Crawfish Etouffee works well with crawfish and/or shrimp and we serve it with either steamed rice or cornbread. We can buy frozen cleaned crawfish at a local Japanese grocery store. Asian groceries generally tend to have a wide variety of seafood in their freezer cases. I heartily recommend doing some exploring if you’re feeling daring. We even made this dish as an accompaniment to fried frog legs once. You can totally just use shrimp. The first ingredient of this recipe is butter, but you can easily substitute oil if you prefer not to use butter. The butter that the dish is finished with is unnecessary and can be left out entirely. I’m not sure we’ve ever used it. If you have fresh garden tomatoes, great, otherwise I would just use canned diced tomatoes. In my opinion, they are better than grocery-store tomatoes, anymore. You can also use a fresh jalapeno or habanero instead of the hot sauce.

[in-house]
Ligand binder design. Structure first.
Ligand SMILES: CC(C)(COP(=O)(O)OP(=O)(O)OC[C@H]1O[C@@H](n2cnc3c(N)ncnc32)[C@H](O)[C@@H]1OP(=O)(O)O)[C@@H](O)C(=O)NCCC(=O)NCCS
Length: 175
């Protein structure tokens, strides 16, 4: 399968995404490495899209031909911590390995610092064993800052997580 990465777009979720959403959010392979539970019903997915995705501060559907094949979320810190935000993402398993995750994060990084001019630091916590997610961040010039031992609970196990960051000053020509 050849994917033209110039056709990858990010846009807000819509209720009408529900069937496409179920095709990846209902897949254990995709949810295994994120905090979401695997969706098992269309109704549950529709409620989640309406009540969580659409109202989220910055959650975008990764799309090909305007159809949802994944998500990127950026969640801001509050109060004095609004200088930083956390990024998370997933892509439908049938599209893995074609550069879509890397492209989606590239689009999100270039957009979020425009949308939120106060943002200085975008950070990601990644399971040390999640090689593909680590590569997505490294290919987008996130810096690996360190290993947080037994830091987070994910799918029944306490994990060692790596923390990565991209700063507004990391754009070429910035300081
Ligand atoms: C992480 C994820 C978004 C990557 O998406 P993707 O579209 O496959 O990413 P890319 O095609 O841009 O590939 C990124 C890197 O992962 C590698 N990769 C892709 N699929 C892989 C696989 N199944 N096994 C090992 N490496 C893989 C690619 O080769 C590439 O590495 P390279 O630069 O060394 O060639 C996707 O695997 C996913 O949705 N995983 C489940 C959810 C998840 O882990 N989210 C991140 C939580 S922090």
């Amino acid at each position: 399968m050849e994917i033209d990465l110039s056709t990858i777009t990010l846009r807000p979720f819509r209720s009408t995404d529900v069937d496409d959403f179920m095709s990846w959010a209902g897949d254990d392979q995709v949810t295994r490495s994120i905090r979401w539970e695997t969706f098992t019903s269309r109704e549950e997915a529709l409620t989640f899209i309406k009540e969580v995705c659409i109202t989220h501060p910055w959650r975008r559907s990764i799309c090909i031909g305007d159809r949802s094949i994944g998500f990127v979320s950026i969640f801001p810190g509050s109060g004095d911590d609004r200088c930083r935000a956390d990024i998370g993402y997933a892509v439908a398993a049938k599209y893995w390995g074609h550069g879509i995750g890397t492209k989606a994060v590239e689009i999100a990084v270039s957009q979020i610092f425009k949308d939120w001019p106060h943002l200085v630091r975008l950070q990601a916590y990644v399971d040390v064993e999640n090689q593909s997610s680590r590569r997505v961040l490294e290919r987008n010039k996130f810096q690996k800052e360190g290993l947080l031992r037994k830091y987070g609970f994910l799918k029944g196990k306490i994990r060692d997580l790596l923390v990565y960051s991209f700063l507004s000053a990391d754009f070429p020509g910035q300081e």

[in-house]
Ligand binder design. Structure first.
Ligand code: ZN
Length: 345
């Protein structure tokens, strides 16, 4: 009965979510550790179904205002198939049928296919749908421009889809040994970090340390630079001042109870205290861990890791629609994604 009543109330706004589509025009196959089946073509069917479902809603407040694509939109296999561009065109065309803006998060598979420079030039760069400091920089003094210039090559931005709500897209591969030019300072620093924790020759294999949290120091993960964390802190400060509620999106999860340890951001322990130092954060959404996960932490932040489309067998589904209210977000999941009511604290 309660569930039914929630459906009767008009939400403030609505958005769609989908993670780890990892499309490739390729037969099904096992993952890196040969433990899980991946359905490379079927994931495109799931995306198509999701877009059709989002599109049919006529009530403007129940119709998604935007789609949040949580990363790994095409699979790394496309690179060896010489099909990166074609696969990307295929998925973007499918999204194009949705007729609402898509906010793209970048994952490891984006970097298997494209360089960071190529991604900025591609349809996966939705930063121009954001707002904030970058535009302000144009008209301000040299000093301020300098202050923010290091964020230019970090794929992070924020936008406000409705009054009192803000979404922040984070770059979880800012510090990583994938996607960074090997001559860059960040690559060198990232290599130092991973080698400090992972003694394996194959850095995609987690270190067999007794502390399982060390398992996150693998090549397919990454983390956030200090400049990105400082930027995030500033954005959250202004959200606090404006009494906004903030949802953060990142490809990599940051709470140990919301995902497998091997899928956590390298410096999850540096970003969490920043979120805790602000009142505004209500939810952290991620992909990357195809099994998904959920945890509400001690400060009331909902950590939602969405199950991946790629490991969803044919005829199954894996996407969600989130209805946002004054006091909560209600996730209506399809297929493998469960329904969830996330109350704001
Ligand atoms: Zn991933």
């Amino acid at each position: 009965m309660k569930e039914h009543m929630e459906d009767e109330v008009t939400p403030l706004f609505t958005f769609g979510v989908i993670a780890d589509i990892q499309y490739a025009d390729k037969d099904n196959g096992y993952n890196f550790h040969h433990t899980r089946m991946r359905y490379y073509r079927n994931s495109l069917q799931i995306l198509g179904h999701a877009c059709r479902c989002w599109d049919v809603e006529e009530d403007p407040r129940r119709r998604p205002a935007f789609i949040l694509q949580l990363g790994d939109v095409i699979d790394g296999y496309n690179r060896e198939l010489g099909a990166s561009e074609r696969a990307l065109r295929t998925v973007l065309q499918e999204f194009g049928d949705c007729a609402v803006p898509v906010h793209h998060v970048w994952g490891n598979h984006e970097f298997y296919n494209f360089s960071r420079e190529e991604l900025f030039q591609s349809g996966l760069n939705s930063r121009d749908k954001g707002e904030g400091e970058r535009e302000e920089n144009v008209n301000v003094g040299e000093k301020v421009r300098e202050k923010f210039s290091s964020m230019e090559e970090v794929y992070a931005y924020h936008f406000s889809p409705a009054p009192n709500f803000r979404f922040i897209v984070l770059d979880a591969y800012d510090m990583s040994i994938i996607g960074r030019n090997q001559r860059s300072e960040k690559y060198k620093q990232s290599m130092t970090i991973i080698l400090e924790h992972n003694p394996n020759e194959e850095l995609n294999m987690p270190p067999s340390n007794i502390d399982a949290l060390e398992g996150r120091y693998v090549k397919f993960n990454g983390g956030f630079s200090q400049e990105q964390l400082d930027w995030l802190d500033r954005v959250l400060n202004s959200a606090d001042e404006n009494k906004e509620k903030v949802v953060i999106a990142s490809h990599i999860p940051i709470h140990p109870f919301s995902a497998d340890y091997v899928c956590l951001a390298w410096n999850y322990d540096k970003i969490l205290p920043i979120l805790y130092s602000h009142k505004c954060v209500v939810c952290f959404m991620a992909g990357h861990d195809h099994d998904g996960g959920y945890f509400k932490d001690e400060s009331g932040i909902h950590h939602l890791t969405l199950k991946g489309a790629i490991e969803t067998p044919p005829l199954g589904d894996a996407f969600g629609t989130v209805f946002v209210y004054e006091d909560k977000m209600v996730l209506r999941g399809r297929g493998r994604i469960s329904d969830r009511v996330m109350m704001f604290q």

For years, we made this recipe using a high-quality instant bouillon for the shrimp stock. It’s delicious just with that. A couple of years ago, however, we started freezing our shrimp shells every time we had shrimp and learned that they make excellent stock. Once you have a few meals’ worth of shrimp shells in the freezer, throw them into a pot and put enough water over them to just cover. Bring to a boil and simmer for an hour or two; it should taste of shrimp when you’re done. If you don’t need all of the stock immediately, the leftovers can be re-frozen to use in another dish later on.
At the end of the day, remember that whatever protein you use might have a different cooking time. We tend to use either small shrimp, or cleaned frozen crawfish that may be already cooked, so we always add the protein last and don’t let it cook more than a couple of minutes.